I Am Nujood, Age 10 and Divorced by Nujood Ali and Delphine Minoui

Wednesday, April 13, 2011

Title: I am Nujood, Age 10 and Divorced
Author: Nujood Ali and Delphine Minoui (Translated by Linda Coverdale)
Genre: Nonfiction, memoir
Publisher: Three Rivers Press, 2009
Source: Gift from my mom

This is the story of Nujood (and every time my husband saw me with the book, he would yell out, "I AM NUJOOD!"), a little girl married to an older man when she was 10 in order to pay some family debts. Although the man promised her father he wouldn't touch her until she reached puberty, Nujood was soon subjected to a life of physical and sexual abuse. Instead of silently giving in, she ran away to the courthouse and requested a divorce. Her story has given other young girls the inspiration and courage to request divorces of their own.

This was a quick little read - I finished it in two workout sessions. Nujood's voice is innocent and straightforward. She gives the facts about her life with simplicity and directness. After telling the story of her divorce, she explains a few other situations in her family that exhibit the desperation and inequality in Yemen. She also describes some of the uncertainty in her own life. While she managed to escape from her husband (you can't call that a spoiler when you take the title into account), she still lives with the family that essentially sold her to the husband in the first place. They still struggle to make enough money to live from day to day.

One thing that I thought was unique and refreshing about Nujood's viewpoint is that she doesn't resent her religion for the abuse she endured. She retains her faith in Islam - it is the system she has found fault with. Although she says she hopes in the future to be like the female lawyer who takes her case - "Like Shada, I will wear high heels, and I will not cover my face" - she also loves to study the Koran and never once blames her struggles on her religion. I think this is an important distinction to make - often it is the culture that results in the abuse of women and other activities we frown upon in western society, not the teachings of the religion itself. I am by no means an expert on Islam, so I can't really say more than that. But I appreciate Nujood's viewpoint and lack of resentment.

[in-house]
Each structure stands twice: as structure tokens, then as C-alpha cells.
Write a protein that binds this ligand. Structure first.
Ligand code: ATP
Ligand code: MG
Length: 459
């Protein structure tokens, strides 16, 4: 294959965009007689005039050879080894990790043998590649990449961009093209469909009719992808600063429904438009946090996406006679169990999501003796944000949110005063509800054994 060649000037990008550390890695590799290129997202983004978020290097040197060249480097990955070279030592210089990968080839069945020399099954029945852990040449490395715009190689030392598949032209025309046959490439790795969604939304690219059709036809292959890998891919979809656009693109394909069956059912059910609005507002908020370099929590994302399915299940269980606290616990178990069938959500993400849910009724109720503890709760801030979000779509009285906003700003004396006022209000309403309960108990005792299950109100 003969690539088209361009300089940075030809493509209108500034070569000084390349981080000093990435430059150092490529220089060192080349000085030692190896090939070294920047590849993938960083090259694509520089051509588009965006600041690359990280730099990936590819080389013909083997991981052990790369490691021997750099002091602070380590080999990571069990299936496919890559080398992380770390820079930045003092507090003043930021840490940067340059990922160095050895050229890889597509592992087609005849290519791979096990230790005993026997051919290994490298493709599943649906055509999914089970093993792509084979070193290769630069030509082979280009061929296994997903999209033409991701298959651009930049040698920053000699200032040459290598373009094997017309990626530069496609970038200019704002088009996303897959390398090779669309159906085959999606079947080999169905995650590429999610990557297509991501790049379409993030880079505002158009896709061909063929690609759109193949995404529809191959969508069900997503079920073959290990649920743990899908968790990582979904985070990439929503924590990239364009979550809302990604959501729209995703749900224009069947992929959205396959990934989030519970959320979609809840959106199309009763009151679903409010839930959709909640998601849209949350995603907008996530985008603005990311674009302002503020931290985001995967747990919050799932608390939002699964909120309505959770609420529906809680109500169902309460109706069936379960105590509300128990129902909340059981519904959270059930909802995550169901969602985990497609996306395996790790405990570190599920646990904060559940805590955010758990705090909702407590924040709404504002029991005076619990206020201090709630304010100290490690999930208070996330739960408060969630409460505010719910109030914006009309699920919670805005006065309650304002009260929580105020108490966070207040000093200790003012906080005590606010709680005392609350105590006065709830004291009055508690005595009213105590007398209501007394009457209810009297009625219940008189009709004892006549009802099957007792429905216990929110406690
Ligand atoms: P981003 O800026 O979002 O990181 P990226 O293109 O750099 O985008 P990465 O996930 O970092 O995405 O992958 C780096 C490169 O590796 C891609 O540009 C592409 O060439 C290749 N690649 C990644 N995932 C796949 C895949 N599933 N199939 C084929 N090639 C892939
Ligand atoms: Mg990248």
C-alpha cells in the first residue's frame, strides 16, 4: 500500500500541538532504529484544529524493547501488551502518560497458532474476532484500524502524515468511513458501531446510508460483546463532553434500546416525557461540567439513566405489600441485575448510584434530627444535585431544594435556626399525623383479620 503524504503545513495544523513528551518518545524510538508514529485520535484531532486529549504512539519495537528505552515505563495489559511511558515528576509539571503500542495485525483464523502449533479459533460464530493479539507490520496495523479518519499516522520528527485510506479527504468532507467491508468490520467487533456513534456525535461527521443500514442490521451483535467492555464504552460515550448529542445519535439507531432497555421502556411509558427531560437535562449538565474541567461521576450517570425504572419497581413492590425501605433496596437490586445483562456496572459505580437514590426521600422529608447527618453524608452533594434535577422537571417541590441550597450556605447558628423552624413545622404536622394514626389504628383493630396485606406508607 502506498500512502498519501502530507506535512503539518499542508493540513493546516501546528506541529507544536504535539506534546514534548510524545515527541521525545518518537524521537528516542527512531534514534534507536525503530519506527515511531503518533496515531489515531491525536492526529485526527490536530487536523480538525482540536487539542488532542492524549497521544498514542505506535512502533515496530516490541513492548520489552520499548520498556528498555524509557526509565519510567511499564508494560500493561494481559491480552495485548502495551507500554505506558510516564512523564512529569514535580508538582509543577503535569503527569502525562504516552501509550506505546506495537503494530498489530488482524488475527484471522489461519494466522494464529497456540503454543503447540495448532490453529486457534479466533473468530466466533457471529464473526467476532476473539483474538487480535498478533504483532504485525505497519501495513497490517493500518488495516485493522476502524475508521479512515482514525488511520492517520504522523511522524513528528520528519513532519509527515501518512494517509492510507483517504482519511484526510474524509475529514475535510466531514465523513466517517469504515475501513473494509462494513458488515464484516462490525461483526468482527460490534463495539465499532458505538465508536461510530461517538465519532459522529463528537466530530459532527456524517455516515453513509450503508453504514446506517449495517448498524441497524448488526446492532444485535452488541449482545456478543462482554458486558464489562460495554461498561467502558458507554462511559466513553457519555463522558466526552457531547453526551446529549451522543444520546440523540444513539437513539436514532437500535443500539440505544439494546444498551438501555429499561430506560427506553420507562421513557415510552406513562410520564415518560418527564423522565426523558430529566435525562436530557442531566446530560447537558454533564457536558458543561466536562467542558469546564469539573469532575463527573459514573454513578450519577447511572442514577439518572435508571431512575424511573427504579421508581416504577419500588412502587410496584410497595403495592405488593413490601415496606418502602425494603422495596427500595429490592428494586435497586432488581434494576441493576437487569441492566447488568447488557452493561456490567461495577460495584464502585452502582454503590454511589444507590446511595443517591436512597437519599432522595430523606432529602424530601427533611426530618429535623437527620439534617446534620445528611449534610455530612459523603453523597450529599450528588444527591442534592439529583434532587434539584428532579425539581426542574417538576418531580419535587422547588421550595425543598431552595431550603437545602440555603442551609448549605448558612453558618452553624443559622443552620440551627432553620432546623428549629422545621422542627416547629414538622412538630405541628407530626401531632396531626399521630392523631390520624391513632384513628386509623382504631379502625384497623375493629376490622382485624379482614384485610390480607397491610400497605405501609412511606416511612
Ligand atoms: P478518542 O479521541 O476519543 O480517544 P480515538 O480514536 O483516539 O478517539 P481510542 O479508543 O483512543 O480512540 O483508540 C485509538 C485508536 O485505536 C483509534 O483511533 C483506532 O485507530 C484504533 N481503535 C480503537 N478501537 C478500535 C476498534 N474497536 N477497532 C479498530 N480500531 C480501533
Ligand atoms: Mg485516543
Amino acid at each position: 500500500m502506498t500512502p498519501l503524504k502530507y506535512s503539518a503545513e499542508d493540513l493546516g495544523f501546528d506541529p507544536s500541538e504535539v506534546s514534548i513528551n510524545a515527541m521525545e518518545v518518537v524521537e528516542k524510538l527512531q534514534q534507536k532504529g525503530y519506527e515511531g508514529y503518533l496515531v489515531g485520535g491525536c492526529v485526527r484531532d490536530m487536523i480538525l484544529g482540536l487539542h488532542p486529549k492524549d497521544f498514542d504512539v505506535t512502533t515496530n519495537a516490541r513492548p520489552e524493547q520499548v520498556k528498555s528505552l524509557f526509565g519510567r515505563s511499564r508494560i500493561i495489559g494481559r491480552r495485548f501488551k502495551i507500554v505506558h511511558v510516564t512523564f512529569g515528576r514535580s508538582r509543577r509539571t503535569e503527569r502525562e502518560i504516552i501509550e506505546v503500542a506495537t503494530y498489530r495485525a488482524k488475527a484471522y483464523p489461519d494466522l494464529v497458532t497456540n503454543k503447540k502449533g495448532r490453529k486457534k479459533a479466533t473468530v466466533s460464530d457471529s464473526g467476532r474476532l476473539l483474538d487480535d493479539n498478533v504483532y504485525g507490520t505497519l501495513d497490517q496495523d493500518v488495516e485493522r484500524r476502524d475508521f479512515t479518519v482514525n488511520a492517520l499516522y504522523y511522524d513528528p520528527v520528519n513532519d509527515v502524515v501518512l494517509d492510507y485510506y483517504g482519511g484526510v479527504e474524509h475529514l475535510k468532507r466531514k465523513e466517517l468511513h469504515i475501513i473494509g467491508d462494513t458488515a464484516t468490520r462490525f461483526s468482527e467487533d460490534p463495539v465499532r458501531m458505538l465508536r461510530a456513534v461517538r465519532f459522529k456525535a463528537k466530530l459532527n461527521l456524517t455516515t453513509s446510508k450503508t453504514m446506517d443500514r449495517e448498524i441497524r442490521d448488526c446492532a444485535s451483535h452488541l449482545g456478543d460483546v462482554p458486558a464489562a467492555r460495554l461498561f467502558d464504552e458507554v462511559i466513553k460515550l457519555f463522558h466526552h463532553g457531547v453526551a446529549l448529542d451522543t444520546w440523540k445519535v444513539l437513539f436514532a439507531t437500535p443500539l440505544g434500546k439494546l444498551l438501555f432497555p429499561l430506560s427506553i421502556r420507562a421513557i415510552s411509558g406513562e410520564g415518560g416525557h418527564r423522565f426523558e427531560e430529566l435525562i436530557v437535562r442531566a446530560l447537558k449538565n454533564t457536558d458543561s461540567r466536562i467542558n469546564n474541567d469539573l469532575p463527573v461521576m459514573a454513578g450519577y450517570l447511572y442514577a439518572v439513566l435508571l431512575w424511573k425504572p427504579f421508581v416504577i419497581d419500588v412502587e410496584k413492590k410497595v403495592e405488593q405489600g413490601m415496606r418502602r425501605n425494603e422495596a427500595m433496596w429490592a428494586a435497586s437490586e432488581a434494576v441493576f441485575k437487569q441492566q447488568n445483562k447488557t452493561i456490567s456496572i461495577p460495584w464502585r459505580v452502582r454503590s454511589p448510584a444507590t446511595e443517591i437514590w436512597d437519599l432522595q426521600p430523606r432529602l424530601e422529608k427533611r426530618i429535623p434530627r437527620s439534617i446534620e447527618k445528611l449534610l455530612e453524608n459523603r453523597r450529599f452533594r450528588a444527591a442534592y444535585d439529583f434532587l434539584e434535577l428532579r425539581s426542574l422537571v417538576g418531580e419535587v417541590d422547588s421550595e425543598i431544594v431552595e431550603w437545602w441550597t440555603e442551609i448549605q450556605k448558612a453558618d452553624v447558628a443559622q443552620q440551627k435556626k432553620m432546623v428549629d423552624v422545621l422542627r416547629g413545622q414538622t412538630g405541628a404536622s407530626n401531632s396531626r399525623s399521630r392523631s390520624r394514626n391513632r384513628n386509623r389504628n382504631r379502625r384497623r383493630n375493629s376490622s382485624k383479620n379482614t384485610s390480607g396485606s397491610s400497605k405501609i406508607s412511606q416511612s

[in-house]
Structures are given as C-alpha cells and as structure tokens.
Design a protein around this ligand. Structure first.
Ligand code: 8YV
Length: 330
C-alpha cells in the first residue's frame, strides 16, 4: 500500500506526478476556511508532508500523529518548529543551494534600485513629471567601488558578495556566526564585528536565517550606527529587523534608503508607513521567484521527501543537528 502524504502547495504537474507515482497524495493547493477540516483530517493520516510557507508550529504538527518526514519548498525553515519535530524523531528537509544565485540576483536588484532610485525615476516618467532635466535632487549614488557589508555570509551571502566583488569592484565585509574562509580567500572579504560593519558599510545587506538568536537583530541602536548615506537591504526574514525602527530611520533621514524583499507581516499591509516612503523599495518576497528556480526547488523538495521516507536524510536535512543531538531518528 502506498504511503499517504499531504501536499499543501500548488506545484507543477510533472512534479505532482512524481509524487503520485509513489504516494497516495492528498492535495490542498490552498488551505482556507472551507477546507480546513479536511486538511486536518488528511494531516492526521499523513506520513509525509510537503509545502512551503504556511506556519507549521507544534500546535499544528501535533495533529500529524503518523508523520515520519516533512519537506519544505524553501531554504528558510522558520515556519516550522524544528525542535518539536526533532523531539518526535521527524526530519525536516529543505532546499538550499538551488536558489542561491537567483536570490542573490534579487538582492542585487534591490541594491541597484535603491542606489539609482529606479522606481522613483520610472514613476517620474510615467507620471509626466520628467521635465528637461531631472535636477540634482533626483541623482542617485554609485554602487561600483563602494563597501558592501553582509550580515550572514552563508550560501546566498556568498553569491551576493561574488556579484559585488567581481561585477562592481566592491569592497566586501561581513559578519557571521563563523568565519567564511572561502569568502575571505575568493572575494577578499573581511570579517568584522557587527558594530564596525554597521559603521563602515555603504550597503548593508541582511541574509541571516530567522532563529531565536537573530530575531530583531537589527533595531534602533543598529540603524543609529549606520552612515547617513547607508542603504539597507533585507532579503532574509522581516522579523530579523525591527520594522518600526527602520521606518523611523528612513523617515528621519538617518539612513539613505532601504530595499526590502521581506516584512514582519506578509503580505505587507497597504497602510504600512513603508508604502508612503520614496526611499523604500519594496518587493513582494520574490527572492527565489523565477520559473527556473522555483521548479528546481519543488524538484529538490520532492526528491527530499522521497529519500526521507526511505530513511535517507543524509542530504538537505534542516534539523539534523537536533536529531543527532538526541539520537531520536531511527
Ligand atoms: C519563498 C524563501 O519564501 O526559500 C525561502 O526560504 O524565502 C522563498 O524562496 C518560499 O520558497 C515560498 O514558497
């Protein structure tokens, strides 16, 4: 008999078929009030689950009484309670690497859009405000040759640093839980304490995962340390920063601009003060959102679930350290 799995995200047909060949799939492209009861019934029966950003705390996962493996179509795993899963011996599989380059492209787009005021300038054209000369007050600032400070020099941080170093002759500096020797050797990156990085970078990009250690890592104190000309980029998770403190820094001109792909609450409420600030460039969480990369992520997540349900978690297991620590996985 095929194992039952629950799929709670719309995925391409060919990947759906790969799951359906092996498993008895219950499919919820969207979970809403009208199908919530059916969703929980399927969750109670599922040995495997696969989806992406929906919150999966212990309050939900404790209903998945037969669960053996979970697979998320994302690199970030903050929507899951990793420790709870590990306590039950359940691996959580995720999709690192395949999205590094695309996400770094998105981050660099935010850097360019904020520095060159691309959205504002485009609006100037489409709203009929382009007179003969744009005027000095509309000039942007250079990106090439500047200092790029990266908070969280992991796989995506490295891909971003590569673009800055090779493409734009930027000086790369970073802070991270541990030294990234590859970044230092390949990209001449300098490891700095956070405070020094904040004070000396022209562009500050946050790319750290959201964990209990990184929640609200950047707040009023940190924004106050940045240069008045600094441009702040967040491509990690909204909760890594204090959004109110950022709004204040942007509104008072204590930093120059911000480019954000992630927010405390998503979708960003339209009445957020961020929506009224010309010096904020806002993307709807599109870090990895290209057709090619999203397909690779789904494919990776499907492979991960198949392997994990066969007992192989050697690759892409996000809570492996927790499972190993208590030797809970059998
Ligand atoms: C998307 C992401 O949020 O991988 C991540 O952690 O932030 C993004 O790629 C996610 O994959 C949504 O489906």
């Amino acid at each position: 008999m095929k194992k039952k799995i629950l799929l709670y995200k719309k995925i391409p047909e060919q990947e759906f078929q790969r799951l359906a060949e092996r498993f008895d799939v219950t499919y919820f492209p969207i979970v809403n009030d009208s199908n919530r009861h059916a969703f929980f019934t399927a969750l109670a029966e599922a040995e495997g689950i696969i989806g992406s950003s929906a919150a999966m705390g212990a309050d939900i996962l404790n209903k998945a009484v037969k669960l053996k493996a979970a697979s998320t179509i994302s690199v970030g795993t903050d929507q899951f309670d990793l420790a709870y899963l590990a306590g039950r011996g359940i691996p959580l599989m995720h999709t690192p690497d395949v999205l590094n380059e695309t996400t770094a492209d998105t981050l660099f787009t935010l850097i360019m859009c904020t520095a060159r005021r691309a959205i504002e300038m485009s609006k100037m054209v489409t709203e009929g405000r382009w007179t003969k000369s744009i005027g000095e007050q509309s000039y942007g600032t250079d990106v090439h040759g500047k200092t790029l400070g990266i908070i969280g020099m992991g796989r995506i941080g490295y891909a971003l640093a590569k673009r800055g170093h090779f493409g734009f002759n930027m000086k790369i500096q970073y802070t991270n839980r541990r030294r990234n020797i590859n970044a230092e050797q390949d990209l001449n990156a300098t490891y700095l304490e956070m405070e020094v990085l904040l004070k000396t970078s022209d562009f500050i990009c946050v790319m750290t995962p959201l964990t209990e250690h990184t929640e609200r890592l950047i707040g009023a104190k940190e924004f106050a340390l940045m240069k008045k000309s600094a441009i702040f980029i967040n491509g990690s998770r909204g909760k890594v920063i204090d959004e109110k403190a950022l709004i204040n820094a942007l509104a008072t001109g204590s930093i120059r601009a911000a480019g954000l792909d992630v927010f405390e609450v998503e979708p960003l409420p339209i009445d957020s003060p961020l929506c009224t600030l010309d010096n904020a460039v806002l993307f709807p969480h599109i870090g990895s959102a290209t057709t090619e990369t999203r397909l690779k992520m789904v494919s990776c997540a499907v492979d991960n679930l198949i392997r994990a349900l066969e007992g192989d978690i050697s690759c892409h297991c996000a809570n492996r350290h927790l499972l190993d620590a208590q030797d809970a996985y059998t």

Overall, this is an interesting story and one that deserves to be heard. Often, we hear about situations in the Middle East through the media and politicians. Hearing it through the voice of a little girl who rose above her circumstances and fought for improvement was refreshing and at times moving. It is a simple story, but an empowering one.

Overall: 3.5


  1. I hope to read this one in the near future.

    My sister lived in Yemen for a year and she told me that stories like this one, where families sell off younger children, are both uncommon compared to the majority and looked upon as shameful. The religion certainly doesn't condone this behavior. I'm no expert in Islam either, but I do know that much of what we hear about it in the US isn't about Islam itself but various political parties' interpretations and mandates (which often only benefit themselves, twisting ideas to their own gain).

  2. This sounds really good. That's a tough life, but she sounds like an amazing girl.

  3. I enjoyed this one, too. And, I agree with Amanda, we tend to get a very one-sided version of Islam here in the US. The stories we hear are often cultural, not religious and vary greatly from country to country and urban to rural/uneducated.

  4. Great review! I'd heard about young girls in the region requesting divorces, but I can't wait to read a firsthand account. Thanks so much for bringing this to my attention.

  5. I really appreciate Amanda's comment above, because a lot of times a novel presents one way of looking at a snapshot within a culture, and is often mistaken for an absolute identity for a whole group of people. The fact that the novel provided courage for other girls in her position is reason enough to call it success. How did you hear about this title/ what made you select it?


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